Pallets support osprey-breeding project
British firm donates plastic pallets for use as nesting sites.
In warehouse lingo, "nested" pallets are pallets that are fitted and stacked together for storage. But a British pallet and container supplier has put a much more literal spin on the term. East Sussex, U.K.-based distributor GoPlasticPallets recently donated seven pallets to be repurposed as makeshift nests for ospreys as part of a project aimed at reintroducing the bird of prey to England.
The effort dates back to 2001, when conservation group the Rutland Osprey Project launched an osprey-breeding program at Lyndon Nature Reserve in central England. GoPlasticPallets is now aiding the effort by providing its heavy-duty Qpall 1210 HR 5R polypropylene pallets, which are being mounted atop telephone poles and outfitted with a mesh of twigs, moss, grasses, and other nest material, the company says. Volunteers have built and installed five platforms so far on farmland in South Lincolnshire, with assistance from electricity provider Western Power. Plans call for a total of 10 platforms to be installed near water bodies where ospreys have been seen in past years.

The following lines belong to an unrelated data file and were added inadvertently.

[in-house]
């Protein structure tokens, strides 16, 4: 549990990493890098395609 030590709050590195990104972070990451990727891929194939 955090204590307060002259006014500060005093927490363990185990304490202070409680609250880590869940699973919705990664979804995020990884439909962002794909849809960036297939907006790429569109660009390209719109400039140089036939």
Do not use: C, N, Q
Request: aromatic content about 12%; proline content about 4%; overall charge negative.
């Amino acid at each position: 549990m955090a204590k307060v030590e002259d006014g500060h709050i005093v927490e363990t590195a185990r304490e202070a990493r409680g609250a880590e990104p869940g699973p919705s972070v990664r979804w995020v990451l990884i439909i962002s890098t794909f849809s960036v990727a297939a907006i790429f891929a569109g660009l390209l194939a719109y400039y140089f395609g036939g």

Fans can view a webcam video showing a pair of the birds hatching eggs and feeding chicks, although it's not clear whether that particular nest is supported by a pallet. And yes, since these are birds, you can also follow them on (what else?) ... Twitter (@rutlandospreys).
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